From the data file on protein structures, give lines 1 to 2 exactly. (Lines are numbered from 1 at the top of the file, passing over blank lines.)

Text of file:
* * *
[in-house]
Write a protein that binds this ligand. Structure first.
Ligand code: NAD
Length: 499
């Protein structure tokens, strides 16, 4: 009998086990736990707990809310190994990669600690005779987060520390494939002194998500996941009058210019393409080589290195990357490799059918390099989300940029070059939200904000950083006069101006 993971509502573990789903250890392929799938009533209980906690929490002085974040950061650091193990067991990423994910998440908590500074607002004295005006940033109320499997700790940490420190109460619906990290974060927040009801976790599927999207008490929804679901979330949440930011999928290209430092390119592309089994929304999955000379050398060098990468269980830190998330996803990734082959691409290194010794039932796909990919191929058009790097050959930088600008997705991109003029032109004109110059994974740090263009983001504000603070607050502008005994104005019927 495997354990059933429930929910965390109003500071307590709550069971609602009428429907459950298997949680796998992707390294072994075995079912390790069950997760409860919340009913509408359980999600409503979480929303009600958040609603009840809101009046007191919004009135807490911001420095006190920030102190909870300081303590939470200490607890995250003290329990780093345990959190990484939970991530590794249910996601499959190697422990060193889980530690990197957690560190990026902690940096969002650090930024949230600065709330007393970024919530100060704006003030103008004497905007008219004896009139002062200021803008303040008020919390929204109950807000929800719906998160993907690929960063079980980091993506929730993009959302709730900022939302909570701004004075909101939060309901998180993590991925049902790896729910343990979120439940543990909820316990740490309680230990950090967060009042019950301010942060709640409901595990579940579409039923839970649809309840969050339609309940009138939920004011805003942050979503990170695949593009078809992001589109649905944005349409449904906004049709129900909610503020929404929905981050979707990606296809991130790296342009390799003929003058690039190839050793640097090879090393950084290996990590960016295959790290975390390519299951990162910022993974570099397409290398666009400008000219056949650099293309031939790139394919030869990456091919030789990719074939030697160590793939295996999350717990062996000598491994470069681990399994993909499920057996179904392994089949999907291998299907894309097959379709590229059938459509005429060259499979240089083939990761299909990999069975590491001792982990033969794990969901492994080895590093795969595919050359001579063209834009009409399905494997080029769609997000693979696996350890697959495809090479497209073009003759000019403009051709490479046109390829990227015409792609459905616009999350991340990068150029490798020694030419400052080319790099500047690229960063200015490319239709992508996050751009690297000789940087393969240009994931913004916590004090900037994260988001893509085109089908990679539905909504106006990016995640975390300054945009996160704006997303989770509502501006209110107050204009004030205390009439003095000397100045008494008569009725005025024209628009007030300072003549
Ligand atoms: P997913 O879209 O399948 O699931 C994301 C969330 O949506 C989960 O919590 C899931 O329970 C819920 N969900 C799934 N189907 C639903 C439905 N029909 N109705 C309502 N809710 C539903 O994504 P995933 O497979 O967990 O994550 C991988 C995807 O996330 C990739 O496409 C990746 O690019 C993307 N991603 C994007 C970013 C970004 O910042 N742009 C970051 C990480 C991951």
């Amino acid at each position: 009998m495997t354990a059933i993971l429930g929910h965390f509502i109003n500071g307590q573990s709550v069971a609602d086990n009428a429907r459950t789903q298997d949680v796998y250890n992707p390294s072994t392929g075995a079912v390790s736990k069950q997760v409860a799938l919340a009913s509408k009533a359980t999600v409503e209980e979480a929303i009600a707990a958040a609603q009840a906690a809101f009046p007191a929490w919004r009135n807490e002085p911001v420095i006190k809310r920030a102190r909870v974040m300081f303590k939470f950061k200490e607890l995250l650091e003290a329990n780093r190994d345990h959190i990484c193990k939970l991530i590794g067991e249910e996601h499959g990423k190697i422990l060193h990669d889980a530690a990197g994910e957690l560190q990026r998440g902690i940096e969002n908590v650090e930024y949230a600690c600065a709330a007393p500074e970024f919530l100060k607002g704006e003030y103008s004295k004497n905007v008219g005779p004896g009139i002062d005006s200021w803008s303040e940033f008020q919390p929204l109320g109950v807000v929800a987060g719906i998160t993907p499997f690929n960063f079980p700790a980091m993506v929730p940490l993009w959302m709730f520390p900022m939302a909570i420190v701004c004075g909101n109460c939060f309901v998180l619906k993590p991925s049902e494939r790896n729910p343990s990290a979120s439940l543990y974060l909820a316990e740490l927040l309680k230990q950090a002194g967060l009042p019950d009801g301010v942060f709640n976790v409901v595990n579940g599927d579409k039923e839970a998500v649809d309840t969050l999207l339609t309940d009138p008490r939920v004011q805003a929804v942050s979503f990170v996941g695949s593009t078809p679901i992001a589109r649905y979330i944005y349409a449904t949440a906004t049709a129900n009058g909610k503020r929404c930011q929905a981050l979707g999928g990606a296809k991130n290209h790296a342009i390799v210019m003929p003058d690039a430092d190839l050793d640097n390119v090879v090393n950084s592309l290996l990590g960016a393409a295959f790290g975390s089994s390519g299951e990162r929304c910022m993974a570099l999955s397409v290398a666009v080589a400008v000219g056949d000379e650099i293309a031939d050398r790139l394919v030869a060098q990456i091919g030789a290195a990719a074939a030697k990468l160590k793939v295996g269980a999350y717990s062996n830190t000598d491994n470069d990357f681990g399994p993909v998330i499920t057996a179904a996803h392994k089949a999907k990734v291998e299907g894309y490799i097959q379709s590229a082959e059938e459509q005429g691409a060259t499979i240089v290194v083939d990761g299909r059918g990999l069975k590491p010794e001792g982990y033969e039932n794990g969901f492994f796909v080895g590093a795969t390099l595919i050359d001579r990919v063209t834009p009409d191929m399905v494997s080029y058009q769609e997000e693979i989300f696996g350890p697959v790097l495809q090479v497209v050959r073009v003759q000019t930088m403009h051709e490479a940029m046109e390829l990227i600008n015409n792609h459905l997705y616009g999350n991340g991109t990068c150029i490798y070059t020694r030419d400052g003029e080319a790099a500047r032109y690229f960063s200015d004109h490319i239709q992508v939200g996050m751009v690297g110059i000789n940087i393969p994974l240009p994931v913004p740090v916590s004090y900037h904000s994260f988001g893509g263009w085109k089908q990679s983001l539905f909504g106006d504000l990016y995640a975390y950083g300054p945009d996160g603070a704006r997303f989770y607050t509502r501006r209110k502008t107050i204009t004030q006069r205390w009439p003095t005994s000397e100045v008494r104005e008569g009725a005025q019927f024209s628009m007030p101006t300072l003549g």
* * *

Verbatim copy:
[in-house]
Write a protein that binds this ligand. Structure first.